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Character Organization and the Style of Hospital Treatment

Robert Cancro, MD; Harold M. Voth, MD; Albert C. Voth, PhD
Arch Gen Psychiatry. 1968;19(2):161-164. doi:10.1001/archpsyc.1968.01740080033006.
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THE TREATMENT of the hospitalized psychiatric patient remains one of the most challenging and complex of clinical activities. The pioneer work of Simmel1 and Menninger2 in applying the principles of psychoanalysis to the treatment of hospitalized patients helped to establish the scientific basis for such treatment.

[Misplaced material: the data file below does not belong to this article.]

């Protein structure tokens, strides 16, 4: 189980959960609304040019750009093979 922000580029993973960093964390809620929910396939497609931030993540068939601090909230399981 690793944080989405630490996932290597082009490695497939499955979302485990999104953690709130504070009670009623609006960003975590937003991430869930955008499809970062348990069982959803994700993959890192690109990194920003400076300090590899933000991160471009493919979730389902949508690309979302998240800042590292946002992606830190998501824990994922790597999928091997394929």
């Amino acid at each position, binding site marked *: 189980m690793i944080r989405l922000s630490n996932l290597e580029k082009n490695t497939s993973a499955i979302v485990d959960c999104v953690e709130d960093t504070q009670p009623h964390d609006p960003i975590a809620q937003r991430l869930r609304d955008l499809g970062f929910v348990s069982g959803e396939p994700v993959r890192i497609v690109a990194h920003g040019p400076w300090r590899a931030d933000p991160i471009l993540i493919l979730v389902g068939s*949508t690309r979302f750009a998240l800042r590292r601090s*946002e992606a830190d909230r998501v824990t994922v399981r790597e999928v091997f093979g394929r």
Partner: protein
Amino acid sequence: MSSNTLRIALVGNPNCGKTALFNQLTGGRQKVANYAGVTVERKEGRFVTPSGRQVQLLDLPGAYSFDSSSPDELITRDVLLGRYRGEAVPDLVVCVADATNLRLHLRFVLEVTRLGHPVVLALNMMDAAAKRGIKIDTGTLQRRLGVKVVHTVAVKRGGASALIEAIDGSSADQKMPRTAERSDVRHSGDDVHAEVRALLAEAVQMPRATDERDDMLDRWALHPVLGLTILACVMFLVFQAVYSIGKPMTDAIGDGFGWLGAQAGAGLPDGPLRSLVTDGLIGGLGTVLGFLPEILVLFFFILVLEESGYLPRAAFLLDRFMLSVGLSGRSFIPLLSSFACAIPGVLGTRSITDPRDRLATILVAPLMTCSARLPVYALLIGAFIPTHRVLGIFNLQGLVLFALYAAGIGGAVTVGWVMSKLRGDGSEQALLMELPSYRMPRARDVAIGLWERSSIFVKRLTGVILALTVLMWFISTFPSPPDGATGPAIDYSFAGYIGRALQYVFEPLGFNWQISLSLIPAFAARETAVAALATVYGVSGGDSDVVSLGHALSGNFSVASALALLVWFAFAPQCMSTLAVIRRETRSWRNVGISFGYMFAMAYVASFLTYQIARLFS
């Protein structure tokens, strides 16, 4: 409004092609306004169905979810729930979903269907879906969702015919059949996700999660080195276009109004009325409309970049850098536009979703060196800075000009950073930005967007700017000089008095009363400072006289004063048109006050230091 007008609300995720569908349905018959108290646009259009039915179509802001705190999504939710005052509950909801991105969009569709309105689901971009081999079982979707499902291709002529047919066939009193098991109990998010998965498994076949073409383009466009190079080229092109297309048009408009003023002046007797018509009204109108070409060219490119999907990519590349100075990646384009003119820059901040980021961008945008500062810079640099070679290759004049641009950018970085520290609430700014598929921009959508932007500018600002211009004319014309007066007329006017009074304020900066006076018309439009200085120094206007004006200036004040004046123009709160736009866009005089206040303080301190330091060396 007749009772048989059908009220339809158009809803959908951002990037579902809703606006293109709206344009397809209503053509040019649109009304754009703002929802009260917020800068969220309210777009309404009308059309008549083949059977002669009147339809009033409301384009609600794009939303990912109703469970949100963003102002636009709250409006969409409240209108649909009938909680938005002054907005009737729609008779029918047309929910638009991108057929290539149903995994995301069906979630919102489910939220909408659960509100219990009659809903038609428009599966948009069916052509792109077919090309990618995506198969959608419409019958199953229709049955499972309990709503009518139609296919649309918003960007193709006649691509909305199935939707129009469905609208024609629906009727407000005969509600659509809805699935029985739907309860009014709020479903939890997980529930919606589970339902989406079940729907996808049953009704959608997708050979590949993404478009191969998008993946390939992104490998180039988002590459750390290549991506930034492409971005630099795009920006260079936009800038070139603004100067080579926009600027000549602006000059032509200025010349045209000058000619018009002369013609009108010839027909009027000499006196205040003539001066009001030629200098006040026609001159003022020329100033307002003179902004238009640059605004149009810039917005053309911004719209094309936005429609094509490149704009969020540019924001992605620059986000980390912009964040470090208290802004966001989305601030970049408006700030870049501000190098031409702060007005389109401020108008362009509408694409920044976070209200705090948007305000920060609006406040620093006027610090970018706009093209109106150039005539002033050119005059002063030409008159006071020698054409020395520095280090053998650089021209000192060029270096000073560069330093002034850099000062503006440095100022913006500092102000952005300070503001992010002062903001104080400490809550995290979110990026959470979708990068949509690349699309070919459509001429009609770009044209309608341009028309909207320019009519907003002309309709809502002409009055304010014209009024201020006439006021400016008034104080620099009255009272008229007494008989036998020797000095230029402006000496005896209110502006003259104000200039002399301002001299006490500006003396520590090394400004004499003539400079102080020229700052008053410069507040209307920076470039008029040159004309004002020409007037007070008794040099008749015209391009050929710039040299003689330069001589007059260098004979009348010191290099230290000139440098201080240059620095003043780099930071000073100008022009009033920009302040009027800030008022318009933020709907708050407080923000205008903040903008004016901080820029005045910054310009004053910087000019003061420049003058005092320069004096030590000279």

Simultaneously, the strongest advantage and greatest danger of hospital care is its intensity. The potential impact of the hospital's influences are enormous since they go on 24 hours a day. In addition the patient has decompensated to the point that he requires institutional care and in general is more vulnerable to these influences than he otherwise would be. In an address delivered in 1918, Freud3 admonished us that a hospital must prepare a patient for life outside and warned of the danger of the doctor's imposing his personal values on the patient.



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